But for everyone else with lower financing and storage costs the actual cost of storage should be below the cost reflected by the contango. For these players, it pays to buy physical commodities, put them in storage, and then hedge the long physical position with a short futures position, pay the smaller storage and finance charges on the physical and receive the larger yield from the contango.
Market participants with access to cheap finance (banks) or cheap storage (tank farm and warehouse owners, or those with long term deals) can make money on the physical deals.
This is one reason many commodity firms run a physical trading house and a warehousing company in tandem together with a futures brokerage. The point is to exploit synergies and run a balanced business that is somewhat insulated from the cycle.
The physical trading business directs metal to the warehousing company and tries to ensure they are full (and therefore earning rental income from the metal). Whether the company takes the income as rent (accruing to the warehousing arm) or as a cheap rent deal (with extra contango income accruing to the physical trading desk) is a matter for the tax accountants.
But it creates an attractive synergy. When the economy is booming, warehouse stocks will be low, so earnings on the warehousing company are poor, but futures turnover is usually high in a bull market, so the futures brokerage and speculative book make money. When the economy is in recession, futures turnover drops and commission earnings fall, but the warehouses will be full earning plentiful rental income.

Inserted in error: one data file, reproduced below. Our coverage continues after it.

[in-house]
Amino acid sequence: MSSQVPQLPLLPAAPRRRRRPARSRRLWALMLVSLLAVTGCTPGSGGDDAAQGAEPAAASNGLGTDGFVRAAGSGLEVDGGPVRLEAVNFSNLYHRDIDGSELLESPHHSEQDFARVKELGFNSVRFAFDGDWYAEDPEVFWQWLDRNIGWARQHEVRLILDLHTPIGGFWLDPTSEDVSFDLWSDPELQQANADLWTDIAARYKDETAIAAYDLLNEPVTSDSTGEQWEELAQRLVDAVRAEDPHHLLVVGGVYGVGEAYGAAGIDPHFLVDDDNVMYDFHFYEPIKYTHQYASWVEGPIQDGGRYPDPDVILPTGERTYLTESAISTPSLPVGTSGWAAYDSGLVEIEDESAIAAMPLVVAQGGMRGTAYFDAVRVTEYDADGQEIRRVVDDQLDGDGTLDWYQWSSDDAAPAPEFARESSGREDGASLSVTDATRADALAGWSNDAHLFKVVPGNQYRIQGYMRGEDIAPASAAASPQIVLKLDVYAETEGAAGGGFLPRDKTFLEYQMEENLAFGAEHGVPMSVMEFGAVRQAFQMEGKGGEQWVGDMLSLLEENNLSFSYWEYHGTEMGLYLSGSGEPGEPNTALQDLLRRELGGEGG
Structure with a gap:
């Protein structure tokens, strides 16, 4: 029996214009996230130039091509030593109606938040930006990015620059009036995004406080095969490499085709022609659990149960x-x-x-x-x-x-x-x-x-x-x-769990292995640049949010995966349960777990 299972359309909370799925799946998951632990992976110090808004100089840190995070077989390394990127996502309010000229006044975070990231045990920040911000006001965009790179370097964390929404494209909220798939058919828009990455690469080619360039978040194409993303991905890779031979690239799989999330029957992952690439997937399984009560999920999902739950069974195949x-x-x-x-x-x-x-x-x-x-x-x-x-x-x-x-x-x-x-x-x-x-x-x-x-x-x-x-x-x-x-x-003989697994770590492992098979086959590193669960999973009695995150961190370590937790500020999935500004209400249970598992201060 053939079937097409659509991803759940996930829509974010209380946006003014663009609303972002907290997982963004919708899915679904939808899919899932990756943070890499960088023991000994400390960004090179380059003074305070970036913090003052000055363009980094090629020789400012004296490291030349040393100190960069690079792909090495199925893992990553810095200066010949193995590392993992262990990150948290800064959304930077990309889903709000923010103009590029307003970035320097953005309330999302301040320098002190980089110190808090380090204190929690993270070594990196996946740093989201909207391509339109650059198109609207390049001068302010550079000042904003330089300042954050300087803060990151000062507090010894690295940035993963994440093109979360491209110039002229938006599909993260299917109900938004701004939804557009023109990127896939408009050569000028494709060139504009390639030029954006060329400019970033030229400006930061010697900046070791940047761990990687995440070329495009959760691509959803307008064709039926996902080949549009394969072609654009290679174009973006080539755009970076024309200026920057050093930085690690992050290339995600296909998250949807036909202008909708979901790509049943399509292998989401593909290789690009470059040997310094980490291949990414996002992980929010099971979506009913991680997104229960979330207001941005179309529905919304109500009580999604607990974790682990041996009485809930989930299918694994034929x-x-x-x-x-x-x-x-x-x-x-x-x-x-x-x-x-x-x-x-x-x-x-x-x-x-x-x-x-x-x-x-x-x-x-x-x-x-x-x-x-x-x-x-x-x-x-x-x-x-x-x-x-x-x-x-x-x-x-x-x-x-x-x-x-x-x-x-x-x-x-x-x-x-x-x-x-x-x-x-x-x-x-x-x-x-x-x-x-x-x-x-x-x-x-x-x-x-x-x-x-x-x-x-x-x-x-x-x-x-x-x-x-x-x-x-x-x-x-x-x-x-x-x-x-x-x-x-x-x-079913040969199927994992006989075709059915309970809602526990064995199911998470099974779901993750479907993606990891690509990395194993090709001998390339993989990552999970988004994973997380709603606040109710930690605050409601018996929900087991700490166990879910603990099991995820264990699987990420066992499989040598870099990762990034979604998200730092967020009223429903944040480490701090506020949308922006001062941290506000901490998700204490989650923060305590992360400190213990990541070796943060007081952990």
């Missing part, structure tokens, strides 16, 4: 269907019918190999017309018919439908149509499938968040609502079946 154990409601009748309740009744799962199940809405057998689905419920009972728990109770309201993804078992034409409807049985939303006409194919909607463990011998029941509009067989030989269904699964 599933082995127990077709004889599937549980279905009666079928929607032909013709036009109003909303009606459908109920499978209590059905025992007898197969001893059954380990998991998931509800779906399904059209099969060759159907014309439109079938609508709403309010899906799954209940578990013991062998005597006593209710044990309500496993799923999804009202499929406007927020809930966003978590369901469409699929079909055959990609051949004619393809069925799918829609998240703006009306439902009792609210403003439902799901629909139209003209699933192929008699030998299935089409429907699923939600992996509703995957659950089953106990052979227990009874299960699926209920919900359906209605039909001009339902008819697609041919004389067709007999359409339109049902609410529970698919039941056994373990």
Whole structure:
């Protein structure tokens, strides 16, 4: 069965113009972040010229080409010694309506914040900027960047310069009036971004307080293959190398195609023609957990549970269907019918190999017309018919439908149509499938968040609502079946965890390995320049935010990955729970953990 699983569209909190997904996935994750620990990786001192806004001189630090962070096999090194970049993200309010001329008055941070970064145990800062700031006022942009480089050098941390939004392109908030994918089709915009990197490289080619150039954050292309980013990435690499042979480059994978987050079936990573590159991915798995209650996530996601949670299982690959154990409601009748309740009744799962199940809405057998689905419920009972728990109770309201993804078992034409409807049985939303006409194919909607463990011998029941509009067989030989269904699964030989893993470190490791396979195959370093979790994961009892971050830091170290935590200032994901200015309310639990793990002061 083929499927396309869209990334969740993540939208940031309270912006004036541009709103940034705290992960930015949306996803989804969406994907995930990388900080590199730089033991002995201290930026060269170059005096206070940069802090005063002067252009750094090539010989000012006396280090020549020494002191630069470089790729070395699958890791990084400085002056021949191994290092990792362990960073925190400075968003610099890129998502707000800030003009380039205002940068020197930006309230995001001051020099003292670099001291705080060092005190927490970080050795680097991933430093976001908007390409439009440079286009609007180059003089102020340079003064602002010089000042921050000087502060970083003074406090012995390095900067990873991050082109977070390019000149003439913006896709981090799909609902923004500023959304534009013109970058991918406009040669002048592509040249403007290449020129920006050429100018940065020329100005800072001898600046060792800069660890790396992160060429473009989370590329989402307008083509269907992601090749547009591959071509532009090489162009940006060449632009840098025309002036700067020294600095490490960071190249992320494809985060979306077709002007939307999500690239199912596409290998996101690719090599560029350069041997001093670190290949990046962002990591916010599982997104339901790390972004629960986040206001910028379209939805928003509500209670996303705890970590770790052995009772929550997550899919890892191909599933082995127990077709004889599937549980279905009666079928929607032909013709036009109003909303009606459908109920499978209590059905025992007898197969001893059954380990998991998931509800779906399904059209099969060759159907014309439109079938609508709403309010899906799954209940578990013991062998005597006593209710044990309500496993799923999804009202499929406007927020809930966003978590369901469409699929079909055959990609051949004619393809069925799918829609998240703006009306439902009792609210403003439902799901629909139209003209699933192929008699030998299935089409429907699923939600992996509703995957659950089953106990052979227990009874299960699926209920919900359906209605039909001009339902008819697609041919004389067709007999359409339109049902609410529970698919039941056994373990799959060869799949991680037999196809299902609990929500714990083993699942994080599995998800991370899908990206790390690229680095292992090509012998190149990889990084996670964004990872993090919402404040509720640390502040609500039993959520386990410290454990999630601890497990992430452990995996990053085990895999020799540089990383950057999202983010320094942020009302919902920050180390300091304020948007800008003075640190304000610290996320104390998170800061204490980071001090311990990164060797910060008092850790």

Only a small number of metals trading companies are fully integrated (comprising a customer-oriented broker, a physical trading business, and a warehouse). But most others will have special arrangements with one or more warehousing companies. There are similar systems in oil — with banks taking leases on tank farm space or floating vessels to play the same strategy.
So far we have assumed that the physical and financial parts of the store and hedge game mature at the same time (ie the lease on the storage space and the futures positions mature on the same date). In this trade, there are no risks.
But it may be possible to spice up the returns by accepting some risk by mismatching the two legs of the deal. A close look at the shape of the futures curve reveals that the steepest contango is usually for the first day or month, with progressively smaller contangos thereafter.
Instead of taking a 3-month lease on some storage space and putting on a short position 3 months forward to hedge it, some physical traders will take a 3-month lease and put on a short position 1 month forward (earning the biggest bit of the contango) with the assumption they can roll the short forward by another month and then another when the correct time comes.
The risk here is the market flips into backwardation at some point before the 3 months is up. In which case rolling short positions forward will incur a cost not generate revenue.
Either the backwardation has to be paid (reducing total returns on the strategy) or the metal/oil has to be delivered before the 3 months are fully up against the maturing short position, in which case the player is paying storage costs on empty tanks/warehouses.
Long-term storage plays popular with many banks and trading houses at the moment, where shorts are repeatedly rolled, are a bet that the market will not flip into backwardation, and no one will organise a squeeze, before the storage deal matures.
This seems a fairly safe bet in the current environment of cheap money and plentiful inventories.
Edited by David Evans